A friend of mine recommended this book–a book I never would’ve chosen on my own. Christmas stories inevitably make me cry, which is something I refuse to inflict on myself. Overall, I really enjoyed the story, and it’s short enough that the few hours it took were worth it.
Based on a deeply personal true story, Glenn Beck’s bittersweet tale of boyhood memories, wrenching life lessons, and the true meaning of the giving season has touched the hearts of readers everywhere.
If you could change your life by reversing your biggest regrets, sorrows, and mistakes . . . would you?
When Eddie was twelve years old, all he wanted for Christmas was a bike. He knew money had been tight since his father died, but Eddie dreamed that somehow his mother would find a way to afford that dream bike.
What he got from her instead was a sweater. “A stupid, handmade, ugly sweater” that young Eddie left in a crumpled ball in the corner of his room.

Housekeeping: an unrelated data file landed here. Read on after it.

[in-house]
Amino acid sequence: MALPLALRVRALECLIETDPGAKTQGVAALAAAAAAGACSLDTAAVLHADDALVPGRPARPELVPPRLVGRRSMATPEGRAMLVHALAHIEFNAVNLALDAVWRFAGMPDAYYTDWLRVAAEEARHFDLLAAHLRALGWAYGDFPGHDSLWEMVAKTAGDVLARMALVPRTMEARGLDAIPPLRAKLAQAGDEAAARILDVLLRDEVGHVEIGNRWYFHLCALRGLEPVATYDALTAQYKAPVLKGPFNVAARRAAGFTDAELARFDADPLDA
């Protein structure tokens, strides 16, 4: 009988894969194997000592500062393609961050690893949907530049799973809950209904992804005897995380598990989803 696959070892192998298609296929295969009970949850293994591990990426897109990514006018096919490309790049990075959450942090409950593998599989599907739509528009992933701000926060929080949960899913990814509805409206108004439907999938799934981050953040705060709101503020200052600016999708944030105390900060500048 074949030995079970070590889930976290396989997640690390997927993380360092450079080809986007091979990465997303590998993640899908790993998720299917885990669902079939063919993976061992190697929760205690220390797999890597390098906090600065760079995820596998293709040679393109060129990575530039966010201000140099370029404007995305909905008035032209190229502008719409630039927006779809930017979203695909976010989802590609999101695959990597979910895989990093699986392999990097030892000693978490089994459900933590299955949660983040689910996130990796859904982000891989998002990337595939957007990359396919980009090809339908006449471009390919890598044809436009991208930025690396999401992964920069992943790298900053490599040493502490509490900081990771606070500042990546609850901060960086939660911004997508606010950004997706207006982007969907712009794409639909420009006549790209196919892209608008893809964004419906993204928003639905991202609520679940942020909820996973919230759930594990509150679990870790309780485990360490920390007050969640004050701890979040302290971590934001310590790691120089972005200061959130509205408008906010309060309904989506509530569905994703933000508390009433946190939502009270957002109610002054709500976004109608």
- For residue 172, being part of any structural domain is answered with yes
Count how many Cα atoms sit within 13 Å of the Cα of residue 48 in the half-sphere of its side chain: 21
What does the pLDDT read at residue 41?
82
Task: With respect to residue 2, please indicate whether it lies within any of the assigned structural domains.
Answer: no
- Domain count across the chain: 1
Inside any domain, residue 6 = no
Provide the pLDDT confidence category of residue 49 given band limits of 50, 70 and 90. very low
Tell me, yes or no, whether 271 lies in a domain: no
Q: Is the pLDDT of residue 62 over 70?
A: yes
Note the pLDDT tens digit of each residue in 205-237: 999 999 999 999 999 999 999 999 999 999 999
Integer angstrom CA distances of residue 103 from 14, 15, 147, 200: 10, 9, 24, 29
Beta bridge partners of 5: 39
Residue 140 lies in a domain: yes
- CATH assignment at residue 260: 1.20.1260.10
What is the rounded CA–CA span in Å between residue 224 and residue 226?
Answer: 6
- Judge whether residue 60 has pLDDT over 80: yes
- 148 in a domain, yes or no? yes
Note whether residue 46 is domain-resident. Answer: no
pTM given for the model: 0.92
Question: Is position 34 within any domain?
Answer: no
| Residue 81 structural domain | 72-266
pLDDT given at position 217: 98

Scarred deeply by the fateful events that transpired that day, Eddie begins a dark and painful journey toward manhood. It will take wrestling with himself, his faith, and his family—and the guidance of a mysterious neighbor named Russell—to help Eddie find his life’s path and finally understand the significance of that simple gift his mother had crafted with love.
Glenn Beck narrates the book and also includes a prologue where he explains the experiences in his own life that led to the writing of this book. It was a nice touch.
Things I didn’t like:
~The idea that so much character development could happen within the course of a twelve-year-old’s dream.
~Obvious political statements felt unnatural.
~I felt like the end was a cheat. I don’t like it that everything ended up unrealistically happy, but it is a Christmas story so . . .
Things I liked:
~The characters were real, vivid, flawed, and lovable.
~It made me laugh out loud more than once.
~It made me think about my own childhood and the things I went through, experiences, and what I’ve learned.